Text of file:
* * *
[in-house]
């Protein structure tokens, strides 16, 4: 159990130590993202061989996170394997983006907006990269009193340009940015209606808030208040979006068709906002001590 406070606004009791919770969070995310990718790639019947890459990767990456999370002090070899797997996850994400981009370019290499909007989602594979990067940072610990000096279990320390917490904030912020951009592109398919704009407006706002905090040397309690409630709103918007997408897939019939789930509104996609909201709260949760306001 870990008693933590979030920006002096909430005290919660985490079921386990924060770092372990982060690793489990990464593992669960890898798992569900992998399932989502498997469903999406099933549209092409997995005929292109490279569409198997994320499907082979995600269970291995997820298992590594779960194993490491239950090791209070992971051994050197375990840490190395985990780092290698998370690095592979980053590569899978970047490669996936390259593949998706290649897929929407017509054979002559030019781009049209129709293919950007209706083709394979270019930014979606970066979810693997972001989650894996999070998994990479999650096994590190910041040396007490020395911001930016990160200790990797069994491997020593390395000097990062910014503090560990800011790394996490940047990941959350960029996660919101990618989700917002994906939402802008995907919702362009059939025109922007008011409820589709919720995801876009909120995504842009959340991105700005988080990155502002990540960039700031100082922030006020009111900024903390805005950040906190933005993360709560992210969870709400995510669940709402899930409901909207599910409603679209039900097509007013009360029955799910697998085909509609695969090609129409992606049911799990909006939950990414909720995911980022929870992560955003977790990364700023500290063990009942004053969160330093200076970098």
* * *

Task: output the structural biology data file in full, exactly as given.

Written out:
[in-house]
């Protein structure tokens, strides 16, 4: 159990130590993202061989996170394997983006907006990269009193340009940015209606808030208040979006068709906002001590 406070606004009791919770969070995310990718790639019947890459990767990456999370002090070899797997996850994400981009370019290499909007989602594979990067940072610990000096279990320390917490904030912020951009592109398919704009407006706002905090040397309690409630709103918007997408897939019939789930509104996609909201709260949760306001 870990008693933590979030920006002096909430005290919660985490079921386990924060770092372990982060690793489990990464593992669960890898798992569900992998399932989502498997469903999406099933549209092409997995005929292109490279569409198997994320499907082979995600269970291995997820298992590594779960194993490491239950090791209070992971051994050197375990840490190395985990780092290698998370690095592979980053590569899978970047490669996936390259593949998706290649897929929407017509054979002559030019781009049209129709293919950007209706083709394979270019930014979606970066979810693997972001989650894996999070998994990479999650096994590190910041040396007490020395911001930016990160200790990797069994491997020593390395000097990062910014503090560990800011790394996490940047990941959350960029996660919101990618989700917002994906939402802008995907919702362009059939025109922007008011409820589709919720995801876009909120995504842009959340991105700005988080990155502002990540960039700031100082922030006020009111900024903390805005950040906190933005993360709560992210969870709400995510669940709402899930409901909207599910409603679209039900097509007013009360029955799910697998085909509609695969090609129409992606049911799990909006939950990414909720995911980022929870992560955003977790990364700023500290063990009942004053969160330093200076970098």